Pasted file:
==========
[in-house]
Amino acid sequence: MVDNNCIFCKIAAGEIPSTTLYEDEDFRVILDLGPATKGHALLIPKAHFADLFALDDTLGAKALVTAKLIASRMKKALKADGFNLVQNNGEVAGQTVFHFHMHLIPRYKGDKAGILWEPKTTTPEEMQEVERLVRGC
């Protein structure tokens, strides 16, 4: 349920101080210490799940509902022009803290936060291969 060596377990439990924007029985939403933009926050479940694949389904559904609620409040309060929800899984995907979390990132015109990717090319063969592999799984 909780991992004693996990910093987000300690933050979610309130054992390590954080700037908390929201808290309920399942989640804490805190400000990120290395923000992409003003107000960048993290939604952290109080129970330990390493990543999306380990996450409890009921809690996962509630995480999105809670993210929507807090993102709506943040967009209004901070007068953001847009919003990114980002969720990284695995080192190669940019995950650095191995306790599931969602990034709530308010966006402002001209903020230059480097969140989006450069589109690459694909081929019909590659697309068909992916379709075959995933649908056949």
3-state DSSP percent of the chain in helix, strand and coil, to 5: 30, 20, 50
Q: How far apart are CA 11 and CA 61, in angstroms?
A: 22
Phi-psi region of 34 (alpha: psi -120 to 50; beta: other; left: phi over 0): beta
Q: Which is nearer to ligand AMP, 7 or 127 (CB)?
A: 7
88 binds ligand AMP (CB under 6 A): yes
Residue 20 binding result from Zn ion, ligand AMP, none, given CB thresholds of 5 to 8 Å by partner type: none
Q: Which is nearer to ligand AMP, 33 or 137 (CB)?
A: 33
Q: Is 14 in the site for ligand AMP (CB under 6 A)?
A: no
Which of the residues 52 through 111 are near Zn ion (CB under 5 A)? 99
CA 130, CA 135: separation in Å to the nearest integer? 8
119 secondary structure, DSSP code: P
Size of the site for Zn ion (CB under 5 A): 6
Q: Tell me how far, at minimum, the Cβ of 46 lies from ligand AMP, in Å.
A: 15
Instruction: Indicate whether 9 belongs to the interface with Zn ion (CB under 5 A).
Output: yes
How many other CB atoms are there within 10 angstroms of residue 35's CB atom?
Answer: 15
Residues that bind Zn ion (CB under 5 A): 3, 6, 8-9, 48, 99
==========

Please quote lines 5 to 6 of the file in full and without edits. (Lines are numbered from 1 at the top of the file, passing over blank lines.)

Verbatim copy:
Q: How far apart are CA 11 and CA 61, in angstroms?
A: 22